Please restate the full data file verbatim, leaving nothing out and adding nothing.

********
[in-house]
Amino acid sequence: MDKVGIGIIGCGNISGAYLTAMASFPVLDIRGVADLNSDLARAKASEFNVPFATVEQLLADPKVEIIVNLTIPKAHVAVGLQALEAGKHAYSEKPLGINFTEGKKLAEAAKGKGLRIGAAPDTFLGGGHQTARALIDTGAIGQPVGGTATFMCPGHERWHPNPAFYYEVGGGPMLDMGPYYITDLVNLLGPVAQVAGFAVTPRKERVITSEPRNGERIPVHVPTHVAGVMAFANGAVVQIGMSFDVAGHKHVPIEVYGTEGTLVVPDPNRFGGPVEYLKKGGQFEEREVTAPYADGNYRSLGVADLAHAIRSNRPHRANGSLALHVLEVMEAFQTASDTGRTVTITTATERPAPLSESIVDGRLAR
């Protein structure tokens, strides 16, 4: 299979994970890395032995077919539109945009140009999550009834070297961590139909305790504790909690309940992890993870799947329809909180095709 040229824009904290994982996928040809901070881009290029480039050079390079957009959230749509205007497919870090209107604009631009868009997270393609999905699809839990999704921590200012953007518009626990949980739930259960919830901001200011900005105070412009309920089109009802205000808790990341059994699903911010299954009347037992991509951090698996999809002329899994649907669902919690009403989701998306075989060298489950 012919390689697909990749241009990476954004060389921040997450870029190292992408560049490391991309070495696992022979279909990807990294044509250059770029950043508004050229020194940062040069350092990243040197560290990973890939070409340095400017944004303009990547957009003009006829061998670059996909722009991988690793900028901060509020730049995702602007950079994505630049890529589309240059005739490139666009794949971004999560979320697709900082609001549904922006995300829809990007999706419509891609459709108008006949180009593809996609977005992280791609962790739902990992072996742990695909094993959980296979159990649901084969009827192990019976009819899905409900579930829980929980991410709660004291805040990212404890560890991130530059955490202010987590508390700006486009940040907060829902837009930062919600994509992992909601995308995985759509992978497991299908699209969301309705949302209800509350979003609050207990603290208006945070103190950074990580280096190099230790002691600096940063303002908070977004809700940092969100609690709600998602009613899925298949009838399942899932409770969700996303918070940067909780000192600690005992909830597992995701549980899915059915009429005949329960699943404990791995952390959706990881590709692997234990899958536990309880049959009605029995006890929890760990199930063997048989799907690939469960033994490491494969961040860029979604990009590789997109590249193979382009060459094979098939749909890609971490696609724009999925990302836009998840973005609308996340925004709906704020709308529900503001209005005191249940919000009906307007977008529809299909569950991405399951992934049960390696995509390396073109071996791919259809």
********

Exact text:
[in-house]
Amino acid sequence: MDKVGIGIIGCGNISGAYLTAMASFPVLDIRGVADLNSDLARAKASEFNVPFATVEQLLADPKVEIIVNLTIPKAHVAVGLQALEAGKHAYSEKPLGINFTEGKKLAEAAKGKGLRIGAAPDTFLGGGHQTARALIDTGAIGQPVGGTATFMCPGHERWHPNPAFYYEVGGGPMLDMGPYYITDLVNLLGPVAQVAGFAVTPRKERVITSEPRNGERIPVHVPTHVAGVMAFANGAVVQIGMSFDVAGHKHVPIEVYGTEGTLVVPDPNRFGGPVEYLKKGGQFEEREVTAPYADGNYRSLGVADLAHAIRSNRPHRANGSLALHVLEVMEAFQTASDTGRTVTITTATERPAPLSESIVDGRLAR
């Protein structure tokens, strides 16, 4: 299979994970890395032995077919539109945009140009999550009834070297961590139909305790504790909690309940992890993870799947329809909180095709 040229824009904290994982996928040809901070881009290029480039050079390079957009959230749509205007497919870090209107604009631009868009997270393609999905699809839990999704921590200012953007518009626990949980739930259960919830901001200011900005105070412009309920089109009802205000808790990341059994699903911010299954009347037992991509951090698996999809002329899994649907669902919690009403989701998306075989060298489950 012919390689697909990749241009990476954004060389921040997450870029190292992408560049490391991309070495696992022979279909990807990294044509250059770029950043508004050229020194940062040069350092990243040197560290990973890939070409340095400017944004303009990547957009003009006829061998670059996909722009991988690793900028901060509020730049995702602007950079994505630049890529589309240059005739490139666009794949971004999560979320697709900082609001549904922006995300829809990007999706419509891609459709108008006949180009593809996609977005992280791609962790739902990992072996742990695909094993959980296979159990649901084969009827192990019976009819899905409900579930829980929980991410709660004291805040990212404890560890991130530059955490202010987590508390700006486009940040907060829902837009930062919600994509992992909601995308995985759509992978497991299908699209969301309705949302209800509350979003609050207990603290208006945070103190950074990580280096190099230790002691600096940063303002908070977004809700940092969100609690709600998602009613899925298949009838399942899932409770969700996303918070940067909780000192600690005992909830597992995701549980899915059915009429005949329960699943404990791995952390959706990881590709692997234990899958536990309880049959009605029995006890929890760990199930063997048989799907690939469960033994490491494969961040860029979604990009590789997109590249193979382009060459094979098939749909890609971490696609724009999925990302836009998840973005609308996340925004709906704020709308529900503001209005005191249940919000009906307007977008529809299909569950991405399951992934049960390696995509390396073109071996791919259809």